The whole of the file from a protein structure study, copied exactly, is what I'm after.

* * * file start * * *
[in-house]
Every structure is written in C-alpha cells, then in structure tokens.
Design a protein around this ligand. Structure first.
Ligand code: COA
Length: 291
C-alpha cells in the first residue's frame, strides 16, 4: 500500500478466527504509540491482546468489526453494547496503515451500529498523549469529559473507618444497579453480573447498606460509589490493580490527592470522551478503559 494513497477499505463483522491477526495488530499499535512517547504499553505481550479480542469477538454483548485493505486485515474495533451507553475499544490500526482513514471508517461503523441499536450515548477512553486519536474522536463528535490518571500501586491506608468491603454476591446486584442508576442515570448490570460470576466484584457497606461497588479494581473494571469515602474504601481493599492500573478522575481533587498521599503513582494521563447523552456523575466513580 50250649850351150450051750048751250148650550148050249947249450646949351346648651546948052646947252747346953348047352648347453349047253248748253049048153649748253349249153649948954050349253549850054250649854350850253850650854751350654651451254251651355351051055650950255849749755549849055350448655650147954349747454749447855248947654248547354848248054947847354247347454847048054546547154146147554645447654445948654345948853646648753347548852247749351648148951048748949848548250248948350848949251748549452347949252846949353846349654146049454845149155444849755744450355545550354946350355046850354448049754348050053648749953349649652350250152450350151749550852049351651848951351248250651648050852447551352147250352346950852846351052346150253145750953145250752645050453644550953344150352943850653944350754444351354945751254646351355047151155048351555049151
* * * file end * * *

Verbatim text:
[in-house]
Every structure is written in C-alpha cells, then in structure tokens.
Design a protein around this ligand. Structure first.
Ligand code: COA
Length: 291
C-alpha cells in the first residue's frame, strides 16, 4: 500500500478466527504509540491482546468489526453494547496503515451500529498523549469529559473507618444497579453480573447498606460509589490493580490527592470522551478503559 494513497477499505463483522491477526495488530499499535512517547504499553505481550479480542469477538454483548485493505486485515474495533451507553475499544490500526482513514471508517461503523441499536450515548477512553486519536474522536463528535490518571500501586491506608468491603454476591446486584442508576442515570448490570460470576466484584457497606461497588479494581473494571469515602474504601481493599492500573478522575481533587498521599503513582494521563447523552456523575466513580 50250649850351150450051750048751250148650550148050249947249450646949351346648651546948052646947252747346953348047352648347453349047253248748253049048153649748253349249153649948954050349253549850054250649854350850253850650854751350654651451254251651355351051055650950255849749755549849055350448655650147954349747454749447855248947654248547354848248054947847354247347454847048054546547154146147554645447654445948654345948853646648753347548852247749351648148951048748949848548250248948350848949251748549452347949252846949353846349654146049454845149155444849755744450355545550354946350355046850354448049754348050053648749953349649652350250152450350151749550852049351651848951351248250651648050852447551352147250352346950852846351052346150253145750953145250752645050453644550953344150352943850653944350754444351354945751254646351355047151155048351555049151